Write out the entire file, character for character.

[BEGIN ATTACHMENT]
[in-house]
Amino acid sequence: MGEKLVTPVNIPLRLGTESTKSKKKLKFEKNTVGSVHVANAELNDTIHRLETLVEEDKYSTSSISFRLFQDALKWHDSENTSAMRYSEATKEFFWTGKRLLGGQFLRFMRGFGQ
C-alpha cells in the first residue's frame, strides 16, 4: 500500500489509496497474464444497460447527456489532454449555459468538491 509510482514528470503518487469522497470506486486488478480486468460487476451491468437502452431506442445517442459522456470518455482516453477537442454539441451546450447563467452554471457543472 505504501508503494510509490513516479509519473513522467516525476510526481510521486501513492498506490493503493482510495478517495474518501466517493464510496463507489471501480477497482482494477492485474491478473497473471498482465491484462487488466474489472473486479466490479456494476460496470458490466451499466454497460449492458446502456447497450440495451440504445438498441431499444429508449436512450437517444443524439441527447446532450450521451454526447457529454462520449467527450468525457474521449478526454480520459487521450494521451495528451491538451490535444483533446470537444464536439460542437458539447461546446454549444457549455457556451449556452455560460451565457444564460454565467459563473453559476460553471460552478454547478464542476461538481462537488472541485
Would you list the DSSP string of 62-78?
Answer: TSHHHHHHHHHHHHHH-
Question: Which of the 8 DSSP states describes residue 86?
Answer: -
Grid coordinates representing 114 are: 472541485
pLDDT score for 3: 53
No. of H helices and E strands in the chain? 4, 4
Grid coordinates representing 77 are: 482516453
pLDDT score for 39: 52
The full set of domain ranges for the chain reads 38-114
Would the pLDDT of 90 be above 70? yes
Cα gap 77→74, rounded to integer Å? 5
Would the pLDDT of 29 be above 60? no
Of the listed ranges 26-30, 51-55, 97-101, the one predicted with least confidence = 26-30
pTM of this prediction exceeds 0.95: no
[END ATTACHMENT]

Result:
[in-house]
Amino acid sequence: MGEKLVTPVNIPLRLGTESTKSKKKLKFEKNTVGSVHVANAELNDTIHRLETLVEEDKYSTSSISFRLFQDALKWHDSENTSAMRYSEATKEFFWTGKRLLGGQFLRFMRGFGQ
C-alpha cells in the first residue's frame, strides 16, 4: 500500500489509496497474464444497460447527456489532454449555459468538491 509510482514528470503518487469522497470506486486488478480486468460487476451491468437502452431506442445517442459522456470518455482516453477537442454539441451546450447563467452554471457543472 505504501508503494510509490513516479509519473513522467516525476510526481510521486501513492498506490493503493482510495478517495474518501466517493464510496463507489471501480477497482482494477492485474491478473497473471498482465491484462487488466474489472473486479466490479456494476460496470458490466451499466454497460449492458446502456447497450440495451440504445438498441431499444429508449436512450437517444443524439441527447446532450450521451454526447457529454462520449467527450468525457474521449478526454480520459487521450494521451495528451491538451490535444483533446470537444464536439460542437458539447461546446454549444457549455457556451449556452455560460451565457444564460454565467459563473453559476460553471460552478454547478464542476461538481462537488472541485
Would you list the DSSP string of 62-78?
Answer: TSHHHHHHHHHHHHHH-
Question: Which of the 8 DSSP states describes residue 86?
Answer: -
Grid coordinates representing 114 are: 472541485
pLDDT score for 3: 53
No. of H helices and E strands in the chain? 4, 4
Grid coordinates representing 77 are: 482516453
pLDDT score for 39: 52
The full set of domain ranges for the chain reads 38-114
Would the pLDDT of 90 be above 70? yes
Cα gap 77→74, rounded to integer Å? 5
Would the pLDDT of 29 be above 60? no
Of the listed ranges 26-30, 51-55, 97-101, the one predicted with least confidence = 26-30
pTM of this prediction exceeds 0.95: no